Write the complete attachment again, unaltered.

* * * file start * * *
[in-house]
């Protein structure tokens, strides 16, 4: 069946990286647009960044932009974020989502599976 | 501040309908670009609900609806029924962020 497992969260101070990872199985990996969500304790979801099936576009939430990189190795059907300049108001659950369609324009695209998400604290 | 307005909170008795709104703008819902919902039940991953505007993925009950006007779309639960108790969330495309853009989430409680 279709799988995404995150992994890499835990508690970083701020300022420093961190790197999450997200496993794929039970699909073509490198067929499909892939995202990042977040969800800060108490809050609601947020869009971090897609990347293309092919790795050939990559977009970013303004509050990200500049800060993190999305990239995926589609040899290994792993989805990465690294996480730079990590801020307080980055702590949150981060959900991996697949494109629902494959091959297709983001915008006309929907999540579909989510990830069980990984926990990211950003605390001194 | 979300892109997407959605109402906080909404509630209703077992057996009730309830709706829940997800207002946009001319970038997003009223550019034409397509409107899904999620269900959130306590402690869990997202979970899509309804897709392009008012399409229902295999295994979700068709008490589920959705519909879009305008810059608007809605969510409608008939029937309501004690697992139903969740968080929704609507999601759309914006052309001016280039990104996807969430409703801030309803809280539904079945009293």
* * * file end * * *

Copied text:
[in-house]
């Protein structure tokens, strides 16, 4: 069946990286647009960044932009974020989502599976 | 501040309908670009609900609806029924962020 497992969260101070990872199985990996969500304790979801099936576009939430990189190795059907300049108001659950369609324009695209998400604290 | 307005909170008795709104703008819902919902039940991953505007993925009950006007779309639960108790969330495309853009989430409680 279709799988995404995150992994890499835990508690970083701020300022420093961190790197999450997200496993794929039970699909073509490198067929499909892939995202990042977040969800800060108490809050609601947020869009971090897609990347293309092919790795050939990559977009970013303004509050990200500049800060993190999305990239995926589609040899290994792993989805990465690294996480730079990590801020307080980055702590949150981060959900991996697949494109629902494959091959297709983001915008006309929907999540579909989510990830069980990984926990990211950003605390001194 | 979300892109997407959605109402906080909404509630209703077992057996009730309830709706829940997800207002946009001319970038997003009223550019034409397509409107899904999620269900959130306590402690869990997202979970899509309804897709392009008012399409229902295999295994979700068709008490589920959705519909879009305008810059608007809605969510409608008939029937309501004690697992139903969740968080929704609507999601759309914006052309001016280039990104996807969430409703801030309803809280539904079945009293």